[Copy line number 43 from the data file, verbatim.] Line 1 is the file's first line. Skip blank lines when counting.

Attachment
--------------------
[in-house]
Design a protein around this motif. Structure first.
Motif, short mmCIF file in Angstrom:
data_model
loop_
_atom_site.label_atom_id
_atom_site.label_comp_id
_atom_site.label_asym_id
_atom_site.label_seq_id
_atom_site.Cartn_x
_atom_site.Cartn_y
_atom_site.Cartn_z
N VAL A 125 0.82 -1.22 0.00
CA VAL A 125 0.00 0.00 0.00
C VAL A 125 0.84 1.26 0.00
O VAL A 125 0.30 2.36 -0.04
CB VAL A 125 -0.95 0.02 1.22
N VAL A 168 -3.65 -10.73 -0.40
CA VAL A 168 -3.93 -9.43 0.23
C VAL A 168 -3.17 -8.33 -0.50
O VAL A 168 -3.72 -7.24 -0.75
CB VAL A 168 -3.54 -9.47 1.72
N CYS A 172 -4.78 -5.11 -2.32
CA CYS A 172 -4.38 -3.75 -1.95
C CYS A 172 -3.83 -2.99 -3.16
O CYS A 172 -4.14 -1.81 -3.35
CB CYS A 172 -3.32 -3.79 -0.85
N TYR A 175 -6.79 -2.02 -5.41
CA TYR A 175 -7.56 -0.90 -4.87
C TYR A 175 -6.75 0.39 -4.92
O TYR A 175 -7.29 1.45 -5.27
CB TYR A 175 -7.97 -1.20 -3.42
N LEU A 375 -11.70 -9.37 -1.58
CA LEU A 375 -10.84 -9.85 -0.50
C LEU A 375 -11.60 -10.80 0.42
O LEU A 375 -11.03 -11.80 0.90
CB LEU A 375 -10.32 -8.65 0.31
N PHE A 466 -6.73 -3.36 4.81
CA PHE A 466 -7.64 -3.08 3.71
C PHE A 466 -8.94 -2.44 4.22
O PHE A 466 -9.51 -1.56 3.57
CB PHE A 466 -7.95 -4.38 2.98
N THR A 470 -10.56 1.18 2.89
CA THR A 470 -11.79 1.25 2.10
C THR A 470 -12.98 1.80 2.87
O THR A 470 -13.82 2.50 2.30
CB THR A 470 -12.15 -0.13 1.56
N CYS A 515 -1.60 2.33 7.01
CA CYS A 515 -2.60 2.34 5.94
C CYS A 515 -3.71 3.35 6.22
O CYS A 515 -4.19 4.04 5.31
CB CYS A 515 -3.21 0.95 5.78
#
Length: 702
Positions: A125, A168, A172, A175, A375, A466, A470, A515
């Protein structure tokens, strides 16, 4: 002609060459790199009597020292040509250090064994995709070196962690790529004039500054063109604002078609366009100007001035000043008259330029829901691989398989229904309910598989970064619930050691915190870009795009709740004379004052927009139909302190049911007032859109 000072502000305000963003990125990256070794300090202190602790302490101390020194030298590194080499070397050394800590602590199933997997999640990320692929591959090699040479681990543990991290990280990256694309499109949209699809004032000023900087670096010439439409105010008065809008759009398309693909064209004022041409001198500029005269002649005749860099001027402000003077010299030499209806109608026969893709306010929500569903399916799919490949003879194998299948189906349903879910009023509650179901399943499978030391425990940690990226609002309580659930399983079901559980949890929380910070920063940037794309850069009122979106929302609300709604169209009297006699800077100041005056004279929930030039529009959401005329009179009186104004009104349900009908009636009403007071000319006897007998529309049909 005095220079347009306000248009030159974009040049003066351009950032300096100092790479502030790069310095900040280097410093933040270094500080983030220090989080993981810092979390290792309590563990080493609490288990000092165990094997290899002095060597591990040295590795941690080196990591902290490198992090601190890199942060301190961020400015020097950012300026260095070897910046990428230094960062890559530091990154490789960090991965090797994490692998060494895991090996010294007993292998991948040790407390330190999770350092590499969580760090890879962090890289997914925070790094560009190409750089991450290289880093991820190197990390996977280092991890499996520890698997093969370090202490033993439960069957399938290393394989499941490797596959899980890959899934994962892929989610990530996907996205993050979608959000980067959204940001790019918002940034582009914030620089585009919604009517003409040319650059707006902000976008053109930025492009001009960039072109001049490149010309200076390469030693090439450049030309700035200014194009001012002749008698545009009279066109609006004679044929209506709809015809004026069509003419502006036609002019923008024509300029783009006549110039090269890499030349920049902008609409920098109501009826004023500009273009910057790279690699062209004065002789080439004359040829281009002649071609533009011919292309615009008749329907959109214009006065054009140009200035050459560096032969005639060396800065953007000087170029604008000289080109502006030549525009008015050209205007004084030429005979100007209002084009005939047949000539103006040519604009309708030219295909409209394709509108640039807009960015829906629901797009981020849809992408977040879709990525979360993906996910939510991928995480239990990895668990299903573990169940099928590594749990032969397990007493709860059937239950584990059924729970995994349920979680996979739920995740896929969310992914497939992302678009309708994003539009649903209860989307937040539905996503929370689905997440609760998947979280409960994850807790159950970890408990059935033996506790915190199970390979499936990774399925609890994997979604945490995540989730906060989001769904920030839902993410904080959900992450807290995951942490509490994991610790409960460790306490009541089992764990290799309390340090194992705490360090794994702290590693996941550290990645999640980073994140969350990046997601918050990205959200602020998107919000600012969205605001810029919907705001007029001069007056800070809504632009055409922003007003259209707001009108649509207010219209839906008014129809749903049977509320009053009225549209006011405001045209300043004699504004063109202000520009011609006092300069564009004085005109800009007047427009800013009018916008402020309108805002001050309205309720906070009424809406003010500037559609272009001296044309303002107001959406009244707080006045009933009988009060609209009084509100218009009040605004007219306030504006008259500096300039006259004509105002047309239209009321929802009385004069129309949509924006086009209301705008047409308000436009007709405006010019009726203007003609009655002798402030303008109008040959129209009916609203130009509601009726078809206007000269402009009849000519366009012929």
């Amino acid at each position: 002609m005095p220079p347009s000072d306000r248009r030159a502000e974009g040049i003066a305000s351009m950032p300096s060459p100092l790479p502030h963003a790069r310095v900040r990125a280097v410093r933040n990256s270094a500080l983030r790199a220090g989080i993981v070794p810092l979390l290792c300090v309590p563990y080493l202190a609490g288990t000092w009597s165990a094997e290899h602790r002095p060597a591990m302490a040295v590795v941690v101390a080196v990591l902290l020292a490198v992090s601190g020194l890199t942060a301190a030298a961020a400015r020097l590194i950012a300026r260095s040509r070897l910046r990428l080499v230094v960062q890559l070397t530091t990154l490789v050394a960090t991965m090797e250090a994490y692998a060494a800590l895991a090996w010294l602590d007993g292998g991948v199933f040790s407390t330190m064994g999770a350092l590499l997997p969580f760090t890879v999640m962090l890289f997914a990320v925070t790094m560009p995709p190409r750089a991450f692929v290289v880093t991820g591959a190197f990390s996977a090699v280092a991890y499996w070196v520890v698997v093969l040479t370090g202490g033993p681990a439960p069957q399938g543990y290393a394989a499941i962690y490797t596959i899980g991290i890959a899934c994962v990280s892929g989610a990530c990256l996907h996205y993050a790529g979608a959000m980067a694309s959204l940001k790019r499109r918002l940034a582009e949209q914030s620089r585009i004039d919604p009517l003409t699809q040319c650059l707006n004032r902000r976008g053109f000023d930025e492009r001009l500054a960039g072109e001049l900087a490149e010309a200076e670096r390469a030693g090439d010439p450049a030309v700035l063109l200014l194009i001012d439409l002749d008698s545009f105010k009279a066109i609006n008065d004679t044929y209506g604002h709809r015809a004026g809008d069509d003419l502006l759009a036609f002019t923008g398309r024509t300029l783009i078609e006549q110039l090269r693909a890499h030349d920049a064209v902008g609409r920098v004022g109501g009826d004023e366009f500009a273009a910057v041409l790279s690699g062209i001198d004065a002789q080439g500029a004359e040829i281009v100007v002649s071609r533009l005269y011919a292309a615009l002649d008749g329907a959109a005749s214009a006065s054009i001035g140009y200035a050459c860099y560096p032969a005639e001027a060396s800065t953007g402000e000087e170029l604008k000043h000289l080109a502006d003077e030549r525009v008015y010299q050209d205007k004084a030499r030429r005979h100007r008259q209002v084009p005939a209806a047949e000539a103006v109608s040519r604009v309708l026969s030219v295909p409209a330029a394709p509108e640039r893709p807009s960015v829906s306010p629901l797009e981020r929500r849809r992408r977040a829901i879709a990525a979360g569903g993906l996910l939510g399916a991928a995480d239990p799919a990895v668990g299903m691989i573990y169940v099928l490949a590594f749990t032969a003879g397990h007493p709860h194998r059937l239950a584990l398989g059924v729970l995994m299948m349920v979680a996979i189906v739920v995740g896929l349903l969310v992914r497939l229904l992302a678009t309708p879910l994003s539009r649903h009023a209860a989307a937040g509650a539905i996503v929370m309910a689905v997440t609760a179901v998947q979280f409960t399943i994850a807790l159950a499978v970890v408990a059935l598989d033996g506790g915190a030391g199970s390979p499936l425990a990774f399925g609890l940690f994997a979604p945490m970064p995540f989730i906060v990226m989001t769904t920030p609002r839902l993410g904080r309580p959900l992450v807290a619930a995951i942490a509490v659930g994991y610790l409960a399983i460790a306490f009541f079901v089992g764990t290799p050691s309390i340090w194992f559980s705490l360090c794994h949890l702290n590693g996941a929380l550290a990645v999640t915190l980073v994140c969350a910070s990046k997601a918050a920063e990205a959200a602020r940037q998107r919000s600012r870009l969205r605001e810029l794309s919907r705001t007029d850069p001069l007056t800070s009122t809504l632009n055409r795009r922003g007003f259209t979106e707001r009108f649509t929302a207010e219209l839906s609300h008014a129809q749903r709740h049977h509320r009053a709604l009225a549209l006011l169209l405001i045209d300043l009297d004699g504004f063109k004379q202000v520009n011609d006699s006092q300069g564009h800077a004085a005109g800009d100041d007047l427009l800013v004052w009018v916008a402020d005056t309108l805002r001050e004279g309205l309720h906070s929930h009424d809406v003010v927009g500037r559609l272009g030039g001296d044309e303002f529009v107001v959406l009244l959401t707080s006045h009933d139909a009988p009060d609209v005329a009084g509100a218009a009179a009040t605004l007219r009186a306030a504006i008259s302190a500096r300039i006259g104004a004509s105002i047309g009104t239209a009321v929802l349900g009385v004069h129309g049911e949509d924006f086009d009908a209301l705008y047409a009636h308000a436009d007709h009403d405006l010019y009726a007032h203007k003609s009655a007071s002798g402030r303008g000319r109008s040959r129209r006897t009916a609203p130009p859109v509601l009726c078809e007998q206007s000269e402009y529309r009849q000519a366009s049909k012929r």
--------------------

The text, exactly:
N THR A 470 -10.56 1.18 2.89